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Blood donations at a critical low

Stanford Blood Center (SBC) is currently facing a critical need for all blood types, especially type O blood products, and is asking residents to donate to meet the immediate needs of local patients.

A blood drive will take place at the Veterans Memorial Building, 74 West Sixth St. in Gilroy, on Dec. 22 from noon to 5pm.

Over the past few weeks, SBC has seen a significant decline in the number of people coming in to give blood. In part, this is because of a decrease in donations due to the ongoing effects of the pandemic; but it’s heightened at this time of year by rainy weather, by the impact of cold and flu season, and by donors being less available throughout the holidays.

“O+ and O- are the most frequently needed blood types for patients and, as of today, we have less than a four-day supply,” said Dr. Suchi Pandey, chief medical officer at Stanford Blood Center. “Given current demand, and with the number of cancellations we are seeing, that is not enough to carry us through the upward trend in usage. In the past two weeks, SBC sent out 15 percent more type O red blood cells than the typical weekly average. While 15 percent may not sound like a lot, it means our current collection of type O cannot meet the need for our regular hospital partners who are treating numerous patients in critical care at this time. So we need your help now to fill the gap. These transfusions represent individuals in the community whose lives depend on the generosity of blood donors.”

Donors should be in good health with no cold, flu or Covid-19 symptoms. They should eat well prior to donation, drink fluids, and present a photo ID at the time of donation.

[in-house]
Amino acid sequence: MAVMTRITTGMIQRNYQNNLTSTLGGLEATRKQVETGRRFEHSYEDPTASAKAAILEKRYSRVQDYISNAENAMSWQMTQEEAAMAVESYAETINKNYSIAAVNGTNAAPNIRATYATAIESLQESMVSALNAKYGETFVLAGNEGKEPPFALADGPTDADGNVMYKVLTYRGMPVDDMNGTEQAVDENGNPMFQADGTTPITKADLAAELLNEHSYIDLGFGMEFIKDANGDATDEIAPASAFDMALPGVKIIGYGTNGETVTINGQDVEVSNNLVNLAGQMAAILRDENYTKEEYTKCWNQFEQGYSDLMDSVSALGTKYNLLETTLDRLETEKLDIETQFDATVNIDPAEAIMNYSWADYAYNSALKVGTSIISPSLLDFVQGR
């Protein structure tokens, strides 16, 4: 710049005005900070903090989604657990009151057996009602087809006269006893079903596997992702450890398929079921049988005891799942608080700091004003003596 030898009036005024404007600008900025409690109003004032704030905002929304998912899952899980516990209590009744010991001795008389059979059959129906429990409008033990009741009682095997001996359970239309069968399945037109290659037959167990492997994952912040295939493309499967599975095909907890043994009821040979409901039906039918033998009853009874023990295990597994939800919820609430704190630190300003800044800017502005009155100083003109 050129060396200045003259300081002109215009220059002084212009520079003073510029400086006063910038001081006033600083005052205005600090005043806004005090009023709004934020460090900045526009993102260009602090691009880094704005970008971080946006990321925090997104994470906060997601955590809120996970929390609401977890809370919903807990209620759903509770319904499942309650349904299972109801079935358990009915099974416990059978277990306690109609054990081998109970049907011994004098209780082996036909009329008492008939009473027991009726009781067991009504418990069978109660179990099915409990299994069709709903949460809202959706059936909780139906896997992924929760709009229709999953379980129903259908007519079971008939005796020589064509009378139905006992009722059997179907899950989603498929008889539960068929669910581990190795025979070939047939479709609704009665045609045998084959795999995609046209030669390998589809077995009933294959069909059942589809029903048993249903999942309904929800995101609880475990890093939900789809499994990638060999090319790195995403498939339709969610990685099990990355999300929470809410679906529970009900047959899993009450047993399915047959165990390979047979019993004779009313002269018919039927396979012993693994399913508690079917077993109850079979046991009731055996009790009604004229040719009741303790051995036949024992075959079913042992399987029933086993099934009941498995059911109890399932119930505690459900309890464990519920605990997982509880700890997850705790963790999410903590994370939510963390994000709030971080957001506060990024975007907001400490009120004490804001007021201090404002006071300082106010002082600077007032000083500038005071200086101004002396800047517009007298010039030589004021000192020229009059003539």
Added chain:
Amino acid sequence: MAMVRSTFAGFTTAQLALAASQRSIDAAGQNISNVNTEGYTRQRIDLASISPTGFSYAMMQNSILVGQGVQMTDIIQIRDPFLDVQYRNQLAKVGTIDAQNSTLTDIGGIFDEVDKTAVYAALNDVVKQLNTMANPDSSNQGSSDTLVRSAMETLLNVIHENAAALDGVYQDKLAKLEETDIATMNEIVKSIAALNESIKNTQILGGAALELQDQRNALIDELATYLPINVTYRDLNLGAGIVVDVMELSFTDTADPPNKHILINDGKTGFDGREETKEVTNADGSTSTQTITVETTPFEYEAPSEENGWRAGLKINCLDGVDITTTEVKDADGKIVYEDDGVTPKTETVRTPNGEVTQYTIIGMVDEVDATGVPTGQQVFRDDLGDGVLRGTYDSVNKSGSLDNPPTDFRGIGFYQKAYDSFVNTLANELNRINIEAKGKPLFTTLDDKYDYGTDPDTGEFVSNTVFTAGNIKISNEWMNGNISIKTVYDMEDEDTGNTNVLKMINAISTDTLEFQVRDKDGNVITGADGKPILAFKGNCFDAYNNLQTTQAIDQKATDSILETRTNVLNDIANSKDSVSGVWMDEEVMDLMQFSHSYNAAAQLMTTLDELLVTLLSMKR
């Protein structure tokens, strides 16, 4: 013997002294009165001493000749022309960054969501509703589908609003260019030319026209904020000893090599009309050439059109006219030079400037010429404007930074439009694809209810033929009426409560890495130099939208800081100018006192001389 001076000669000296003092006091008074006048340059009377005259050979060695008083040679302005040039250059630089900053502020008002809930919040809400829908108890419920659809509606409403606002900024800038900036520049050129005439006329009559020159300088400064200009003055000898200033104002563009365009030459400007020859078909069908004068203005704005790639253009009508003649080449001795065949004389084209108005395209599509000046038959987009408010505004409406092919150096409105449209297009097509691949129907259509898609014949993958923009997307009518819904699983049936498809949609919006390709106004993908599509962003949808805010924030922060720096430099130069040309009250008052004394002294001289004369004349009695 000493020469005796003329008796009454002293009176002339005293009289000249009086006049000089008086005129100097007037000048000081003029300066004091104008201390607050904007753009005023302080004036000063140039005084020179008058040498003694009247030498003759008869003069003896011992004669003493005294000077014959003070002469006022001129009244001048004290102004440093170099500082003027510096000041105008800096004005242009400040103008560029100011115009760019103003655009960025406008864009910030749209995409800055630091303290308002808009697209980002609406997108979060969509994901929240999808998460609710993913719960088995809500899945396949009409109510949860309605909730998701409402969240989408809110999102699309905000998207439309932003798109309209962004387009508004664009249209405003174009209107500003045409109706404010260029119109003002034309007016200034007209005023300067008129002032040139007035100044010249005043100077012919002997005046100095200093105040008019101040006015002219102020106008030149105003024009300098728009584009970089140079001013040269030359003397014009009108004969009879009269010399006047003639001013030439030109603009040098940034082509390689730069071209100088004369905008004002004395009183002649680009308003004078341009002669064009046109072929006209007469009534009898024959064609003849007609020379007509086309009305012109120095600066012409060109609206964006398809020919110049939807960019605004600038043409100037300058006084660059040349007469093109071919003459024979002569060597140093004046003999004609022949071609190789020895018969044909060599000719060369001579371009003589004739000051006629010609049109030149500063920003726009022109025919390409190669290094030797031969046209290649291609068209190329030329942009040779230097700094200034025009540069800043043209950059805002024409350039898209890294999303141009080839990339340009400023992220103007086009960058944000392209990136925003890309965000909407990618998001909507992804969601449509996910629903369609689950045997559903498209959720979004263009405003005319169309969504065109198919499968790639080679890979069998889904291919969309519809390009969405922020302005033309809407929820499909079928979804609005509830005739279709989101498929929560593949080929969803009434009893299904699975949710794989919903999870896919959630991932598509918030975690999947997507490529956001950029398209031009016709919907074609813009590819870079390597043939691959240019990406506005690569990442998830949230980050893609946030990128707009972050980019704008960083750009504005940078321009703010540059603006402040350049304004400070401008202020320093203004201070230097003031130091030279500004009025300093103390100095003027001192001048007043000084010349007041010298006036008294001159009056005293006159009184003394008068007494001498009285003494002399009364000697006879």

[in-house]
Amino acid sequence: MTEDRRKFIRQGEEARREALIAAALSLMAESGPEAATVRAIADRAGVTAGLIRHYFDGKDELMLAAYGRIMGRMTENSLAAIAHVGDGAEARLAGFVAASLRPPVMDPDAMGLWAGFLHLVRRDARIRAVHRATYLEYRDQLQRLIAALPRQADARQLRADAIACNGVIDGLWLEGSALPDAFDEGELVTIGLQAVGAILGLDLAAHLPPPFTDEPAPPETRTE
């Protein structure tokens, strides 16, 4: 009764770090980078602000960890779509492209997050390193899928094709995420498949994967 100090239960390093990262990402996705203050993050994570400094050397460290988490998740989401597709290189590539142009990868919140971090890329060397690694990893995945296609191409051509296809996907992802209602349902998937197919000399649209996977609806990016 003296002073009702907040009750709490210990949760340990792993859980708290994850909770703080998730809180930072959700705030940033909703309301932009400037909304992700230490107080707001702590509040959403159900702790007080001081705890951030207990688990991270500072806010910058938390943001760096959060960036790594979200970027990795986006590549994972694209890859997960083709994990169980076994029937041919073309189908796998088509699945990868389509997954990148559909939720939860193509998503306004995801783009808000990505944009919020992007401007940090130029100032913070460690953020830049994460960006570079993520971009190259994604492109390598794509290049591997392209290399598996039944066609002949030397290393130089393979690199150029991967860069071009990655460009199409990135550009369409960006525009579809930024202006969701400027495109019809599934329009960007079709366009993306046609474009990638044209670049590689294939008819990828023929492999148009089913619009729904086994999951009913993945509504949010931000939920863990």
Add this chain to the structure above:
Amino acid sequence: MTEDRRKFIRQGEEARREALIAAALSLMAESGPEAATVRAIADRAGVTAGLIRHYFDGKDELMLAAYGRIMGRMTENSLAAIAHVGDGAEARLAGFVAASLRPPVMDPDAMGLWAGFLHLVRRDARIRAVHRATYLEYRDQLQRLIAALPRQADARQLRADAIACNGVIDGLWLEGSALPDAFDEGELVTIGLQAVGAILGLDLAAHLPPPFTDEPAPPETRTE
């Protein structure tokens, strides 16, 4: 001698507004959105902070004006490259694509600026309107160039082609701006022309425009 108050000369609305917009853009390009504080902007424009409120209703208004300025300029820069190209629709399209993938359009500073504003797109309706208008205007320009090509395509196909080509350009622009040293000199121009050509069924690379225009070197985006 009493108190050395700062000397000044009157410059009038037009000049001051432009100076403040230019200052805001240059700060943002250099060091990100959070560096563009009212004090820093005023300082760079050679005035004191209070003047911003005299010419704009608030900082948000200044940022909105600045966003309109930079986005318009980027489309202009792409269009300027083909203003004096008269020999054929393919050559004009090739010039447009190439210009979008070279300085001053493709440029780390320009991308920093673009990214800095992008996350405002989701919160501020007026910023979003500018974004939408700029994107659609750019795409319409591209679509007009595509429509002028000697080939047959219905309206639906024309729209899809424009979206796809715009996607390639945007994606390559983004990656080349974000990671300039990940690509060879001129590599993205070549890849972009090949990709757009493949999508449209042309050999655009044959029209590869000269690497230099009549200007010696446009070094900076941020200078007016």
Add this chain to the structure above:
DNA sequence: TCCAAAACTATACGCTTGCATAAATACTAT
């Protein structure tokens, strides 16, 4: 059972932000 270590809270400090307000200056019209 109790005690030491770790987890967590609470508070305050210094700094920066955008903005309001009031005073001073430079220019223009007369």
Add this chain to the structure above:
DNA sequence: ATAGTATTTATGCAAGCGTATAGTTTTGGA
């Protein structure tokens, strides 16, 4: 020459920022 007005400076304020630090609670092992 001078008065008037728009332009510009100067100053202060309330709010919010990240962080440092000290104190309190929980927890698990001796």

Eligibility information can be found at or by calling 888.723.7831.

To make an appointment, visit

Free phone support for victims of racism, hate crimes

People who have encountered racism or hate crimes in South County can acquire wellness support and coaching services through a free phone line established by a local therapist and other professionals.

The program, known as “The Hopeful Connect,” is an after hours phone support line dedicated to individuals who may have experienced racism or hate crimes. The free service will be available from 8-10pm Dec. 6 to Feb. 6, 2022, by calling 408.782.4736.

Irem Choksy, a licensed mental health therapist who helped create the Hopeful Connect, said hate crime rates in 2021 were the highest in 12 years nationwide. That includes a “sharp increase in crime toward African Americans, Asians, immigrants, seniors and women,” Choksy said in an email.

“Our goal is to support individuals who are impacted by such incidents (so they) have anonymous and free access to support after hours,” Choksy said. “We have dedicated coaches who provide support over the phone.”

The Hopeful Connect was established by Think Hopeful, Inc., and Choksy is one of three people leading the organization’s anti-hate initiative. The program is partially funded by Santa Clara County, Choksy said.

“Our organization is dedicated to making wellness accessible, relatable and affordable. We do this by promoting racial equity through conscious technology,” Choksy said.

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A staff member wrote, edited or posted this article, which may include information provided by one or more third parties.


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